So he would be something of an empty suit with advisors running most of his administration, fighting with each other and trying to be the last one to get his ear (just as it was with George W. Bush). Few serious people want to work for him either, compounding the questions of his intelligence with a staff of hacks who would make heckuva-job Brownie look qualified.
He is a serial liar, which would corrode almost everything he did as president, because no one would trust him or know if he genuinely stood behind his own policy pronouncements. He cannot stay on message, which means he would have huge trouble communicating with the public, much less serious people in American institutions: the meandering, undisciplined way he talks means he almost certainly does not have the mental focus to discipline himself to run something as complicated as the US government. One could see him walking out of cabinet meetings out of sheer boredom and just delegating the whole thing to Steve Bannon.
He is wildly unstable: it would be a risk to both Americans and foreigners to trust him with the awesome powers of the presidency. He is vindictive: he will almost certainly focus on using the powers of the government for his own personal purposes (chasing enemies), leaving actual policy-making to others.
He has no experience in government at all, and the ‘policy proposals’ on his web-site are thin and/or regurgitation of standard GOP talking points. He has no history of public-service or public spiritedness: he has used his charity to pay his bills, was caught openly lying about giving to veterans, and has exaggerated his charitable contributions for years. He has no experience or training in thinking about the ‘commonweal,’ as his bragging about not paying taxes shows.
He will almost certainly use his presidential authority to alter the law to enhance his family’s business interests like some banana republic where the president’s family cashes out: he has resisted putting his assets, post-victory, in a blind trust; he refuses to release his tax returns; he has used his campaign contributions to pay his own companies. He will likely direct government contracts to his own organization.
He is a sexual predator who may well face distracting law suits throughout his presidency. His language and behavior toward woman make him an appalling role model to young men in an era where the president is also a cultural celebrity.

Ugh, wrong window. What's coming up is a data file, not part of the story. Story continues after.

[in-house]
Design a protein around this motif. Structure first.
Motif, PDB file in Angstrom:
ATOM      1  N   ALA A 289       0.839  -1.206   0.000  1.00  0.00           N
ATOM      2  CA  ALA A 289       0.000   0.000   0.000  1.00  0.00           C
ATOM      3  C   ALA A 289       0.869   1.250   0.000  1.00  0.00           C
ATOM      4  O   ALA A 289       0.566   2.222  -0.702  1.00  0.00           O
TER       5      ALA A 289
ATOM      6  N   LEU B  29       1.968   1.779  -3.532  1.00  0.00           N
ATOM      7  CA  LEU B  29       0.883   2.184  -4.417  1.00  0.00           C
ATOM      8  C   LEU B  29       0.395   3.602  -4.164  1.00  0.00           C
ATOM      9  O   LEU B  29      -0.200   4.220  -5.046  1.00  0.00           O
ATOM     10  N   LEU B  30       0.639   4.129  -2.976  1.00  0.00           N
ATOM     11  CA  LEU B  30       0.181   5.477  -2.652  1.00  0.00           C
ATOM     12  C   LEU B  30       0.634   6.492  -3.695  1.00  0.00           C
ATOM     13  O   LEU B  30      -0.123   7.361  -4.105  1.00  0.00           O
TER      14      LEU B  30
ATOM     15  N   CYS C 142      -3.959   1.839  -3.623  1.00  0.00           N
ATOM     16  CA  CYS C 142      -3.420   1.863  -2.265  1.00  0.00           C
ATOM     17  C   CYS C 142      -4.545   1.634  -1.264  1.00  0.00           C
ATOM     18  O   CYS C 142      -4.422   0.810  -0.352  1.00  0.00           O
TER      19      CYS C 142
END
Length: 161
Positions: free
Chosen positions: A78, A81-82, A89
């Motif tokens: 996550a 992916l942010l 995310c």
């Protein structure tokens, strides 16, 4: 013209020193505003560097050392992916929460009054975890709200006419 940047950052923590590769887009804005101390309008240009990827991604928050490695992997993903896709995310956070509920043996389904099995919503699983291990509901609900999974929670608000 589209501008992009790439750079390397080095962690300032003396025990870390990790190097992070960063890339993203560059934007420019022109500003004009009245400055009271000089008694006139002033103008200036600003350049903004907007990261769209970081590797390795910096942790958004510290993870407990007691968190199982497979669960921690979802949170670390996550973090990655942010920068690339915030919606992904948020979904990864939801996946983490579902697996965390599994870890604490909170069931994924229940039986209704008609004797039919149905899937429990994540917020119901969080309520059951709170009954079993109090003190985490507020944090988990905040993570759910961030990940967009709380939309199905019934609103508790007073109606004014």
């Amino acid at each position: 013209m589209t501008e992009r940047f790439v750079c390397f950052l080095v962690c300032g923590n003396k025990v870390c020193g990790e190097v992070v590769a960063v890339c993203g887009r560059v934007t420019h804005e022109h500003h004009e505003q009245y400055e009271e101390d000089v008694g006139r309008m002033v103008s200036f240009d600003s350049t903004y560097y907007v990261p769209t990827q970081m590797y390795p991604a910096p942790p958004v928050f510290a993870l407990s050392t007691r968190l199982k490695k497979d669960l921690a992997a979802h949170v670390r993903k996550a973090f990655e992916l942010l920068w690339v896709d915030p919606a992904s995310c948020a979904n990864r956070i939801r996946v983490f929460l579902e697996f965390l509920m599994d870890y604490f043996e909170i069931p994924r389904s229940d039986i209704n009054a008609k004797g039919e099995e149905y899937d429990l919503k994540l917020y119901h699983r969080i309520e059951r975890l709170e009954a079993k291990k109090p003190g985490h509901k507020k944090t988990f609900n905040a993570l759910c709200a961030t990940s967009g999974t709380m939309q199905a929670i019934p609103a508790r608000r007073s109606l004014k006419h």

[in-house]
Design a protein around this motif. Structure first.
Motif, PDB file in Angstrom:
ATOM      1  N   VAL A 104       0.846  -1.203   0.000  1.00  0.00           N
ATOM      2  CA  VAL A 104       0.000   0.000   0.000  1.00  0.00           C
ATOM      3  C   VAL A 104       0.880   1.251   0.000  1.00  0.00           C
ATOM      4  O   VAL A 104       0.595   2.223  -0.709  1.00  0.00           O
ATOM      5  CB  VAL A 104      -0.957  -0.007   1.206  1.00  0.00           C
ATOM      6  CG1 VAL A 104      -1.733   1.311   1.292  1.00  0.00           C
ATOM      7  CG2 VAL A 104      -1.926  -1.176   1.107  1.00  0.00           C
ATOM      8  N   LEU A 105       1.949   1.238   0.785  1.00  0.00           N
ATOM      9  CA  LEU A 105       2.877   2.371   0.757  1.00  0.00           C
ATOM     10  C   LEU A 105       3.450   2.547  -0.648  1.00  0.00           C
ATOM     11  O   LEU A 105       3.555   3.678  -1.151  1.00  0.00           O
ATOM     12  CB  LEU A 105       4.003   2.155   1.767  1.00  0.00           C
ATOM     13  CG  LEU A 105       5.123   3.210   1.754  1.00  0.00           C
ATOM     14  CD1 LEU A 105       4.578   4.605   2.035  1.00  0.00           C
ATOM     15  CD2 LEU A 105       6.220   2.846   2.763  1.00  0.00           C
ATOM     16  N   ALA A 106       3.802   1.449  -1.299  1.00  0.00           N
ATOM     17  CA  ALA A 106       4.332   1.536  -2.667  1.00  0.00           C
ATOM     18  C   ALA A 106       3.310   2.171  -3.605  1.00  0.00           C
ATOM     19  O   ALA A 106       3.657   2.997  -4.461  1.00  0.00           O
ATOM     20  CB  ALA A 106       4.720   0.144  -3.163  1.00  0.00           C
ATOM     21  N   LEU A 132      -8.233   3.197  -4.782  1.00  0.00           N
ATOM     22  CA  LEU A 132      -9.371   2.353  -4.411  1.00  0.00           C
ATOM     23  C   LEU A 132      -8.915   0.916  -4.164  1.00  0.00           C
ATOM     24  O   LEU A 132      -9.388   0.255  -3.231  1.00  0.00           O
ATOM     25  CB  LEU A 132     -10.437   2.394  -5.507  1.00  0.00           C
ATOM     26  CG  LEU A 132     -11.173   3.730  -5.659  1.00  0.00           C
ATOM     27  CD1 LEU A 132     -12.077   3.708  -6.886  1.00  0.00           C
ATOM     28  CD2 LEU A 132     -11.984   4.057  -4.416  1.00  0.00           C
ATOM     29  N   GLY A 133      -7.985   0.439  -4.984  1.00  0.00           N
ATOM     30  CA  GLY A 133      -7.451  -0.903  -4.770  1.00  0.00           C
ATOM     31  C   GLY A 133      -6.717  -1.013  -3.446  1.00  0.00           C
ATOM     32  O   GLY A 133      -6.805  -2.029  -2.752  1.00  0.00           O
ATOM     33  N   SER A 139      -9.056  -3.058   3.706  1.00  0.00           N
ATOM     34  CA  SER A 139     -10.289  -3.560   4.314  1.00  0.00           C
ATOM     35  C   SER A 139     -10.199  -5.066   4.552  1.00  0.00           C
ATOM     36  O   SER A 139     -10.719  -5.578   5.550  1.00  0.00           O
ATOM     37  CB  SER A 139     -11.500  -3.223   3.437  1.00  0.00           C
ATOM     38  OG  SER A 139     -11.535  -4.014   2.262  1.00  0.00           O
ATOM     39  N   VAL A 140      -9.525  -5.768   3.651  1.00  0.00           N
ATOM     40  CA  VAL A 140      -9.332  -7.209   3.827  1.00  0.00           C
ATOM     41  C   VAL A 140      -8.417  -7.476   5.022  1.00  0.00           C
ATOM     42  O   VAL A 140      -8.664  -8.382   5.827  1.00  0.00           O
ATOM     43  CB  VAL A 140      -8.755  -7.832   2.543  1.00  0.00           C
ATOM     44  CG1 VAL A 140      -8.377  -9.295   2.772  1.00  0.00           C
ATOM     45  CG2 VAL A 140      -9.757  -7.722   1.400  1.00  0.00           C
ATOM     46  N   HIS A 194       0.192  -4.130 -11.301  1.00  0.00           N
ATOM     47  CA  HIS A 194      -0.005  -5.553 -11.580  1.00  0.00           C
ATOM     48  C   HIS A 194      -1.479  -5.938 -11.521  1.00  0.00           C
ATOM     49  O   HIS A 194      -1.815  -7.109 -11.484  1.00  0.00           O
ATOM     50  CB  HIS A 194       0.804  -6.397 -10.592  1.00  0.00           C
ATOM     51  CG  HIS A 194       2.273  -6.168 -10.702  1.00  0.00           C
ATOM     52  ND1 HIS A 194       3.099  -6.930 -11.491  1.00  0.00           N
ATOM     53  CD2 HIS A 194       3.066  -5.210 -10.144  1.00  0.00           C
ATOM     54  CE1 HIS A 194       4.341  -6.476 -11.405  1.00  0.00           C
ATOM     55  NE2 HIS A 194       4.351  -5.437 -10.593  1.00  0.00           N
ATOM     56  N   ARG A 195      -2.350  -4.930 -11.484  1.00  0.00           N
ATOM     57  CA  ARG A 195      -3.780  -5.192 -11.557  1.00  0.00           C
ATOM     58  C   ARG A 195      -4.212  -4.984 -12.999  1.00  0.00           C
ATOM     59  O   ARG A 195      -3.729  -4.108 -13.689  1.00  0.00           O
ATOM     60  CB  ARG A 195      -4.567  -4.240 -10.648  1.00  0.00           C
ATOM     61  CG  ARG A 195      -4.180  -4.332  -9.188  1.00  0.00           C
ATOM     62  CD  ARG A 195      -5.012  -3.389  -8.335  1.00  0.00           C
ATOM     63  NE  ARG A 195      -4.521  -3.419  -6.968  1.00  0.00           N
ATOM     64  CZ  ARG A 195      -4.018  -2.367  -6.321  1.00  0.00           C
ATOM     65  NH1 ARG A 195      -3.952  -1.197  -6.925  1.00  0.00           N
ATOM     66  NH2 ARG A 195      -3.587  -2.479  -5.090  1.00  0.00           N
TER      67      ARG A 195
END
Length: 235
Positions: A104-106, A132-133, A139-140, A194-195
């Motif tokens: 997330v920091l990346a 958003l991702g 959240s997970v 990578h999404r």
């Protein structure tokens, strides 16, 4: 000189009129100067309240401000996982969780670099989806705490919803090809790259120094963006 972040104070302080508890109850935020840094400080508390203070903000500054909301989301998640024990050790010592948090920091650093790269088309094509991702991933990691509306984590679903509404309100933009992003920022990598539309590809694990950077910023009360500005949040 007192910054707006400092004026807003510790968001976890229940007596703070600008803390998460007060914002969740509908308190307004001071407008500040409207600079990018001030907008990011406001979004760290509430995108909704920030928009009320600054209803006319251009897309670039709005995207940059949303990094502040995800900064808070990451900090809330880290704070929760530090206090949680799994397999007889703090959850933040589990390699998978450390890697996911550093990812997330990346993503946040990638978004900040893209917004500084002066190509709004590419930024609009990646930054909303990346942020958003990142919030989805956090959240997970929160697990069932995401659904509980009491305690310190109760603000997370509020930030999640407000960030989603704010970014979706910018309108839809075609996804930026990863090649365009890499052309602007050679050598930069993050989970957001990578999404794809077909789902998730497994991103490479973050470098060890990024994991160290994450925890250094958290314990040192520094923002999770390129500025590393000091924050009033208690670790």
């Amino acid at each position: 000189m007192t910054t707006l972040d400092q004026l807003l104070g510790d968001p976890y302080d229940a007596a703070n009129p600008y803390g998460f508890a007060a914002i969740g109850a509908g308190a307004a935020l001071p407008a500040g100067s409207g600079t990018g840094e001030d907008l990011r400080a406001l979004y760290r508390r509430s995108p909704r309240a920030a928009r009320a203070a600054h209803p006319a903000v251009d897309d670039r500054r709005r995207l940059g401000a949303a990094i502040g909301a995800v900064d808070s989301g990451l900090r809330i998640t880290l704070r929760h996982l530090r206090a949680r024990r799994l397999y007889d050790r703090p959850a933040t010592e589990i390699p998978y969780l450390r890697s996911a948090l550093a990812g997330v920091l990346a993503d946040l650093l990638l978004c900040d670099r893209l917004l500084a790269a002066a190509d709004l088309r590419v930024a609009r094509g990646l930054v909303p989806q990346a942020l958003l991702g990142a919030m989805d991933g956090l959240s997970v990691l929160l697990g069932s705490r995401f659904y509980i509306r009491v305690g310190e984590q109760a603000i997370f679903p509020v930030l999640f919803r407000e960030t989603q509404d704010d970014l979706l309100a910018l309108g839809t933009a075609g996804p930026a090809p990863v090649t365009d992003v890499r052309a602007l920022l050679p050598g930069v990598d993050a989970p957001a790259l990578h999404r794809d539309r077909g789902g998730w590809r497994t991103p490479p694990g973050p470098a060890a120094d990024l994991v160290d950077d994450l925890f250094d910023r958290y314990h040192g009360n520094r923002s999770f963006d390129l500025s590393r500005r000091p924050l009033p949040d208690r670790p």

He may be ‘low energy’ himself: he is older than Clinton, badly overweight, almost obese, exercises ‘as little as possible,’ eats terribly, woke up at 3 am to tweet in a rage, looked tired and petulant in the debates, and his doctor’s ‘health review’ was a joke.
He would face enormous opposition throughout the government and Washington: Congress, including now much of the GOP, loathes and fears him; his relationship with the press is terrible, and an increasing number of venues which normally do not endorse candidates, like The Atlantic or Foreign Policy, endorse Clinton out of sheer terror over a Trump presidency; Washington’s interest groups, lobbies, think-tanks, NGOs, etc. are nearly monolithic in their rejection of him. His ideas of executive leadership come from business, or rather the pseudo-business world of reality TV, where posturing, alpha-male CEOs bark ‘you’re fired’ with macho, slashing hand-motions, and so on. Government does not work that way at all: Trump has idea no to compromise, learn, or admit error, as his campaign shows.
In short, Trump is a demagogue straight out of Thucydides or Plato’s fears about democracy: an unstable, vindictive, lazy, short-tempered, self-aggrandizing, narcissistic megalomaniac. This is the closest the US has ever come to electing a Mussolini-figure, and it is terrifying.
Not sure how this sentence got into the article, but should be corrected:
Trump has idea no to compromise, learn, or admit error, as his campaign shows.
Good post but I wish you could of pandered a bit more…
The United States has a long history of flirting with populism so I don’t understand why Trump is
“a unique threat to American democracy.” Everything you list is not unique to our time nor American history.
All of this alarmism just gets boring.
Well said, I recently saw this professor on BBC. He clearly is not the sharpest man.
I do believe you have identified the wrong man as “not the sharpest.”